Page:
Faring somewhat better are the Remnants, which I think are mostly quite effective. Sure, the scenes of them lying around like toilet paper aren’t the most threatening, but the parts when they attack the gang are quite well done. The Timeless Child stuff is good setup too, getting some good material from Jodie Whittaker, and Ian Gelder is suitably sinister throughout the whole scene. Definitely not the most memorable villains, but not as bad, I think, as a lot of people make out.


This is our first foray off-world in the Chibnall/Whittaker era and what a first attempt! On a purely aesthetic level, The Ghost Monument is a total success, making use of its overseas location filming in South Africa to deliver one of the most visually stunning episodes in the entirety of Doctor Who. There’s no shoddy green screen or CGI here; literally everything set on Desolation’s surface is in-camera, and the episode looks all the better for it.

Particular highlights include the Sniper Bot-infested ruins, which I understand are the remains of a long-closed water park, and the rocky plateau where the TARDIS appears at the episode’s close. It’s easy to see why one of the main publicity images for this series (above) was taken there; it’s a truly gorgeous location that lends The Ghost Monument‘s final scenes a real sense of spectacle.

The Ghost Monument

And now onto the titular Ghost Monument… or as we know it better, the TARDIS. This is the debut for a whole new TARDIS interior and exterior: the final of the main elements of the show (Doctor, TARDIS, sonic screwdriver, theme music) to be reintroduced in this new era. At first, it looks like Chibnall is getting 4/4 on the returning elements checklist, with a lovely new police box exterior introduced with some gorgeous close-ups from director Mark Tonderai. But then we go inside, and things take a turn for the worse…

Unfortunately, however, the reveal of the interior leaves much to be desired. Now, this isn’t a slight on set designer Arwel Wyn Jones at all; as you can see from the promotional photo above (second picture), the set looks fantastic from certain angles. Unfortunately, Tonderai simply doesn’t do the new interior any justice at all, giving us close ups which barely show it off, before giving us one (one!) measly wide shot where half of the room is blocked by a pillar (first picture)! I mean, come on! Why did nobody pick up on this?!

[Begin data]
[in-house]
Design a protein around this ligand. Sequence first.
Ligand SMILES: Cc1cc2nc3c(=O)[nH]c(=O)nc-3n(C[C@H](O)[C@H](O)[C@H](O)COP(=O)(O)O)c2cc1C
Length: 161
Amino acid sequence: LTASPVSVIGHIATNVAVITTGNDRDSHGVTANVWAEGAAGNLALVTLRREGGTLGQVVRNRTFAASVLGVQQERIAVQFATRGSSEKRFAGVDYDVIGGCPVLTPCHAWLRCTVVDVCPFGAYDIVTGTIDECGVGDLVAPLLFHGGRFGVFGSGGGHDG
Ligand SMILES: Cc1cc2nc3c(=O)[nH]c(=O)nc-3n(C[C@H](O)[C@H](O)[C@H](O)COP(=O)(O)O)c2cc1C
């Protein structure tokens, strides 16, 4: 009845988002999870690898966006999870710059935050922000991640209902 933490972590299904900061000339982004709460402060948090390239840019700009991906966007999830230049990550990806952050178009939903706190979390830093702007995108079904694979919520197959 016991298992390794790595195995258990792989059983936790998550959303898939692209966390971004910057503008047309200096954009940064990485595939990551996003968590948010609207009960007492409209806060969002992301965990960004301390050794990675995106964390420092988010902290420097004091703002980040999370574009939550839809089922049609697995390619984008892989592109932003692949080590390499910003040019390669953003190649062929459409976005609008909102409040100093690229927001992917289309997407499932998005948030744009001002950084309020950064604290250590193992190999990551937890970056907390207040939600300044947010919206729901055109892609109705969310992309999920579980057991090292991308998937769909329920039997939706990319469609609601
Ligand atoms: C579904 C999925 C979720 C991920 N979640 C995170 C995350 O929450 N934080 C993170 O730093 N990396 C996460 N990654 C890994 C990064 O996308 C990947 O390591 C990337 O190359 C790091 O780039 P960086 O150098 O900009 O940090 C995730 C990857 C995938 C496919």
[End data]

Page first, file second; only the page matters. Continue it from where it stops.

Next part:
Aside from the TARDIS mishap, Tonderai’s direction is, by and large, pretty good for the rest of the episode, at least compared to the directorial disaster that was The Woman Who Fell To Earth. Now, unlike that episode, the script for this one hasn’t been made available anywhere, so I can’t speak for how well Tonderai has followed Chibnall’s authorial vision, but mostly, the visual storytelling here is far defter than in the previous episode.

The first few scenes, for example, are excellently done. Starting the episode with the stars reflected in Ryan’s eye is a captivating open, and his disorientation is made palpable through all the quick cuts and disorienting close-ups when he wakes up on Angstrom’s spaceship. The impressive tracking shot that follows Yaz out of the medical pod and into the control room of Epzo’s ship is similarly effective; a dynamic way of illustrating the strange world Yaz has found herself in, and the chaos that ensues upon their turbulent descent to the planet below.

Similarly, scenes like Ryan, Graham and Angstrom running away from Epzo’s crashing ship, the timelapse sunset over Desolation, and the TARDIS’s dematerialisation are absolutely stunning, with visual effects on a level that we’ve quite literally never seen before on Doctor Who.

Despite all of those successes, there are still a couple of missteps. In a few scenes, characters mention something right in front of them… and we never see it, breaking the golden rule of show don’t tell. For example, when Epzo points out the planet through the windscreen of his spaceship, the camera stays on his face, never actually showing what he’s talking about. In fact, we don’t see Desolation from space at all during the whole episode, which is pretty odd.

Then, later on, when the Doctor makes a big deal about the “big locked door” in front of her, you might think the camera would show us the door in question… but it remains offscreen. The door is simply never seen! These things don’t ruin the episode by any means, but they certainly jar, especially when there have clearly been no expenses spared on showing other things which would have been harder to put on screen than a literal door.


Segun Akinola‘s music continues to impress here, from the slow, tentative version of Ryan’s theme in the opening moments, to the glorious, horn-like theme for Desolation as the team arrives on the planet. The highlights, though, have got to be his new theme for the TARDIS: triumphant and truly evoking the sense of going on a journey, and the version of the Thirteenth Doctor’s theme that plays when she confronts the Remnants. Excellent stuff.

Final Thoughts

Overall, The Ghost Monument is a completely average story elevated by stunning visuals. Mark Tonderai‘s direction, while ropey at times, is mostly successful, bringing the world of Chris Chibnall‘s script to life with flair, and showing off the budget boost that this new era of Doctor Who has clearly been given by the BBC.

Rating: 5 out of 10.